"We're hoping to do what we did with Chad a few years ago," Honeycutt said, referring to 2007, when Billingsley opened the season in relief. "He can get his feet wet that way and see how it goes. And like Chad, he can always become a starter again."
Billingsley was exclusively a starter, even when he arrived from Triple-A in June of 2006 to replace Odalis Perez in the rotation as a 21-year-old. But during Spring Training of 2007 Billingsley was sent to the bullpen, while manager Grady Little gave the fifth starter job to veteran Brett Tomko.
Ultimately, Jason Schmidt broke down and Billingsley was pressed back into starter duty, where he's been ever since, now having inherited the duties of ace with the departures of veteran free agents Derek Lowe and Brad Penny.
As they were with Billingsley, the Dodgers are intrigued with having a power pitcher coming out of the bullpen in the middle innings as a contrast to strike-thrower Cory Wade. In McDonald's case, his fastball picked up as much as five mph when the Dodgers used him in relief in late September and into October.
An athletic 6-foot-5 right-hander, McDonald could eventually return to a starter role, although there are some in the organization who believe he also could eventually handle the closer role should Jonathan Broxton not be up to the job he has inherited from Takashi Saito, who was non-tendered.
McDonald is 24, a Long Beach native drafted in the 11th round of the First-Year Player Draft in 2002. In his second and third professional seasons, he took a stab at the outfield while allowing a tender right arm to heal. He resumed pitching in '06 and made a breakthrough in '07, splitting time between Class A and Double-A while being named the organization's Minor League pitcher of the year with 168 strikeouts in 134 2/3 innings.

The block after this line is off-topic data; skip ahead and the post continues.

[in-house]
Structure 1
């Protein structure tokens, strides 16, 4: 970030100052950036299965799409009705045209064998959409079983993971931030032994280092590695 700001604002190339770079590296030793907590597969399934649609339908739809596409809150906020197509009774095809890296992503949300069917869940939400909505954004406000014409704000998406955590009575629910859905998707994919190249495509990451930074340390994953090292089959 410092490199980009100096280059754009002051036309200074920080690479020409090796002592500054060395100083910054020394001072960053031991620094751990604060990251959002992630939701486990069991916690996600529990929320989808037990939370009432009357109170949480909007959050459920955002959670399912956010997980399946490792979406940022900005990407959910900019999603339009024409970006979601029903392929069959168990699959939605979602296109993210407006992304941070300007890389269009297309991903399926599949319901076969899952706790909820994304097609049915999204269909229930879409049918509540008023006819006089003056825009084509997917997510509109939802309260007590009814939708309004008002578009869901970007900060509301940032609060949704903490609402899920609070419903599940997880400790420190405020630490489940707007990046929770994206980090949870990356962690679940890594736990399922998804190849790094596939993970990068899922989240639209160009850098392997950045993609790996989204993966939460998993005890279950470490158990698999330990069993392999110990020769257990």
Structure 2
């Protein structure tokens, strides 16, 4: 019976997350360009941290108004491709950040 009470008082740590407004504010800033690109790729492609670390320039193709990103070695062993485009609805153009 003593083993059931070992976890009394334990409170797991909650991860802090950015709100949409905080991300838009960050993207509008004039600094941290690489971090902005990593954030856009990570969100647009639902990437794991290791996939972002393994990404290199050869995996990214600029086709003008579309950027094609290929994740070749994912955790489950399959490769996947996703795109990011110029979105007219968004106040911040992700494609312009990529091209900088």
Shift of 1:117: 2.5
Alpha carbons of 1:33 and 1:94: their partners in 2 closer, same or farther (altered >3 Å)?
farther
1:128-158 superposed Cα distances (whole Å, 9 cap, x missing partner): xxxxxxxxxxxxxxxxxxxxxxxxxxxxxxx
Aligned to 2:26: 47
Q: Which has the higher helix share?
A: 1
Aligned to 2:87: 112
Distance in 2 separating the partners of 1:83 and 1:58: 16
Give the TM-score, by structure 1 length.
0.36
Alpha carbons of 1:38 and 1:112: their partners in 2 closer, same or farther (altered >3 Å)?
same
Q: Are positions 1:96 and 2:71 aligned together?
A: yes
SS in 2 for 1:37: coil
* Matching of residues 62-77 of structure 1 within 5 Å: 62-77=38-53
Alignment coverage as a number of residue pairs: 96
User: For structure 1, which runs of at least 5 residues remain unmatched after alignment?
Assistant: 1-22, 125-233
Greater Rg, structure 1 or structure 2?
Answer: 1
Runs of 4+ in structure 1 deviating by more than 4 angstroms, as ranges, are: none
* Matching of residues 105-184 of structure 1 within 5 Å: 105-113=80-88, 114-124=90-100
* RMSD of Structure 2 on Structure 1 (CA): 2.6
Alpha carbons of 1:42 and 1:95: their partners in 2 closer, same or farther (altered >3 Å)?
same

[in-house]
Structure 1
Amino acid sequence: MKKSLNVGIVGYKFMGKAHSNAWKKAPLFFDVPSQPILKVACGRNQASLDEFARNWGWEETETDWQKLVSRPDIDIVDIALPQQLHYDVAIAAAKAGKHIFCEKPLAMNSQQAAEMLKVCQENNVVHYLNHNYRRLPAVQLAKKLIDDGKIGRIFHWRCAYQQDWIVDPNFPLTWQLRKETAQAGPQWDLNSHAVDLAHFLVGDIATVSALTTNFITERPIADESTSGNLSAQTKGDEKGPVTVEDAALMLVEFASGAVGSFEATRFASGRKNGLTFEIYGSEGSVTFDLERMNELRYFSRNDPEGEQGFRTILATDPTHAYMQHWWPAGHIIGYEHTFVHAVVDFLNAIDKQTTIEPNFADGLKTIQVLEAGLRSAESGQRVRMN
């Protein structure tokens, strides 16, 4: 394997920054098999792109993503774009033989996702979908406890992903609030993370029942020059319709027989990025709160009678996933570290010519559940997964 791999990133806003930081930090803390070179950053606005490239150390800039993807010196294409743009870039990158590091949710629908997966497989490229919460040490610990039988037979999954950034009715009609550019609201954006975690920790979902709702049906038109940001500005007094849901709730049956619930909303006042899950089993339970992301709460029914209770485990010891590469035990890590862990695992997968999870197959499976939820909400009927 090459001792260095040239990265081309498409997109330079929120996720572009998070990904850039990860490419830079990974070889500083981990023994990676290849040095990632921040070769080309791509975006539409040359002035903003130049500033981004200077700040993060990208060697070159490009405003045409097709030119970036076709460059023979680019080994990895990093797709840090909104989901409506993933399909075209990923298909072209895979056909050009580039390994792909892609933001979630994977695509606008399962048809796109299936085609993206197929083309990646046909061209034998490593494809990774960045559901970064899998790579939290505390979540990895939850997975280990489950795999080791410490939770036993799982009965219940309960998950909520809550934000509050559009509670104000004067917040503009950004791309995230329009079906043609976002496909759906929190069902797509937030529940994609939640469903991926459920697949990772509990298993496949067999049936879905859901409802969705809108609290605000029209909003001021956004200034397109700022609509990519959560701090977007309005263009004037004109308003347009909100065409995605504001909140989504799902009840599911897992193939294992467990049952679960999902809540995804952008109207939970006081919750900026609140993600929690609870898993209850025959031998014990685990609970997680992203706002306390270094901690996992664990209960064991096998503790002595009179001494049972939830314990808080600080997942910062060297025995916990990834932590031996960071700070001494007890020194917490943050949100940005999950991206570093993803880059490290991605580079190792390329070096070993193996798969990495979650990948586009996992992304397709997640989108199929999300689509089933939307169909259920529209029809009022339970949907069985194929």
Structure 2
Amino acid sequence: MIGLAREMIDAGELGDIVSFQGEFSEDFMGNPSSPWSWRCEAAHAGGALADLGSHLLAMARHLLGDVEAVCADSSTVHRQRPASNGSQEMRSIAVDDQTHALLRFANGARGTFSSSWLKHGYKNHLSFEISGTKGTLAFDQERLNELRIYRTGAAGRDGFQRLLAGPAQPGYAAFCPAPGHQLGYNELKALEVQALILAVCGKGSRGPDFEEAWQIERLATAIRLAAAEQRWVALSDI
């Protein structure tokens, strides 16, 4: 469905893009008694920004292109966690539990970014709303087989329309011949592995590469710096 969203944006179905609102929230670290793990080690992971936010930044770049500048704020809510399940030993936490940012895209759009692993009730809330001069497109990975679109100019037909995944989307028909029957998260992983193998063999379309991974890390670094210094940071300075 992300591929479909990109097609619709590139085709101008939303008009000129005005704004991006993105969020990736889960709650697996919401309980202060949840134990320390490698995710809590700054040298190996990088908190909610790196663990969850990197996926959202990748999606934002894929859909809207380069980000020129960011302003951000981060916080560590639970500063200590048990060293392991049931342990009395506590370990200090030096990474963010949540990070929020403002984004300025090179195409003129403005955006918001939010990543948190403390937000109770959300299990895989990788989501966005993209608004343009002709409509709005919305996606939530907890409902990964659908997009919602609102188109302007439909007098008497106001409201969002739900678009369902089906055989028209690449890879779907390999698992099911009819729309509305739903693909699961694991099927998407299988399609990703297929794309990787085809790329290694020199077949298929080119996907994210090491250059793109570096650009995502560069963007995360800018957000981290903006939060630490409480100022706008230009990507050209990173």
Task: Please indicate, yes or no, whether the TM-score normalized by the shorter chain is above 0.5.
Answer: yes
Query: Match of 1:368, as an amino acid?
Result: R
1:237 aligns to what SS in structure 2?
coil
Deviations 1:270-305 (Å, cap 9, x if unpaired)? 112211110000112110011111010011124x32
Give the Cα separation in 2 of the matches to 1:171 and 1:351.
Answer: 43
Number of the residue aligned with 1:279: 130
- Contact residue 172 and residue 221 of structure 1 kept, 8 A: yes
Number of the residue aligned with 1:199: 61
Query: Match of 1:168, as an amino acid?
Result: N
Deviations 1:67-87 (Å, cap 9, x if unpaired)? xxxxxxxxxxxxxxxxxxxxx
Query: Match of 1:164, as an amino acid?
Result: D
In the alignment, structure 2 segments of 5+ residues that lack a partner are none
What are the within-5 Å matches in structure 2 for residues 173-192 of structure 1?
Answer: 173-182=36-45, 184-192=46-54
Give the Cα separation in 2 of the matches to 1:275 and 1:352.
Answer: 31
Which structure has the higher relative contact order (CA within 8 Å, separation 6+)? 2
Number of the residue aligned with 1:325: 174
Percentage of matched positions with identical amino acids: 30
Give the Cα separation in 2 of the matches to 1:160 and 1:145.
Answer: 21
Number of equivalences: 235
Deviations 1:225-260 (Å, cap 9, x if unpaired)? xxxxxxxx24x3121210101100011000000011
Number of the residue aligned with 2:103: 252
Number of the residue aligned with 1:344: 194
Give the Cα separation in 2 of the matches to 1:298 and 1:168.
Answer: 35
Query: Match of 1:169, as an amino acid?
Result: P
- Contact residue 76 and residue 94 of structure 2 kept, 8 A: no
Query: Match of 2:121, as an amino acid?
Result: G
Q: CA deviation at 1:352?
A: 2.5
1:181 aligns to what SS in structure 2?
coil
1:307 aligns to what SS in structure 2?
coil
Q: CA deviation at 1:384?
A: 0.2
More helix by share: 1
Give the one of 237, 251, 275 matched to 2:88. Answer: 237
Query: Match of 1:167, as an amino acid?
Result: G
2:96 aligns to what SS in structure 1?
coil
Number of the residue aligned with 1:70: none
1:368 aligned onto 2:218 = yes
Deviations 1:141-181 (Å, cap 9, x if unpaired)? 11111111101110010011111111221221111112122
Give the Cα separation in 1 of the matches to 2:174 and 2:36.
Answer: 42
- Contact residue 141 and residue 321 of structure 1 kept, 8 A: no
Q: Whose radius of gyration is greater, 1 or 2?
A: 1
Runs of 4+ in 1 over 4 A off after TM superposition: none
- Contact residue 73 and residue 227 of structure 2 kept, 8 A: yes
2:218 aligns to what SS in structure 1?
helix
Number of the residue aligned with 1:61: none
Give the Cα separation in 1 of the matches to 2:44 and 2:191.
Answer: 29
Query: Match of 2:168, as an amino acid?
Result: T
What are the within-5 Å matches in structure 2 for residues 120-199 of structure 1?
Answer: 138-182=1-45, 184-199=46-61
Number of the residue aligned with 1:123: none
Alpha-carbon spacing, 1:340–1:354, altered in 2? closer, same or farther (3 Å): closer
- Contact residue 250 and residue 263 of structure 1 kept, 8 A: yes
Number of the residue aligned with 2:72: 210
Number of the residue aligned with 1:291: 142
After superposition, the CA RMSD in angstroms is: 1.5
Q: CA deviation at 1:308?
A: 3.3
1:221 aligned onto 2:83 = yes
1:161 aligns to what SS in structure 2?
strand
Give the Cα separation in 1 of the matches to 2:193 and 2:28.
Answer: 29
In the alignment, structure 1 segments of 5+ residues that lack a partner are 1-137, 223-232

Last year, he split time between Double-A and Triple-A and again was named the organization's Minor League pitcher of the year, accomplishing the feat back-to-back for the first time since Billingsley.
McDonald was promoted to the Majors on Sept. 1 and was a spectator until his Major League debut on the 17th, when he struck out two of the three batters he faced and caught the eye of manager Joe Torre. He would pitch in three more regular-season games, finishing with six scoreless innings, two strikeouts and one walk.
It was impressive enough to earn the rookie a spot on the post-season rosters for playoff series against the Cubs and Phillies, beating out veteran Scott Proctor and fellow rookie Ramon Troncoso. McDonald didn't pitch against the Cubs, but made two appearances against the Phillies, throwing 5 1/3 scoreless innings with seven strikeouts and two walks.
Ken Gurnick is a reporter for MLB.com. This story was not subject to the approval of Major League Baseball or its clubs.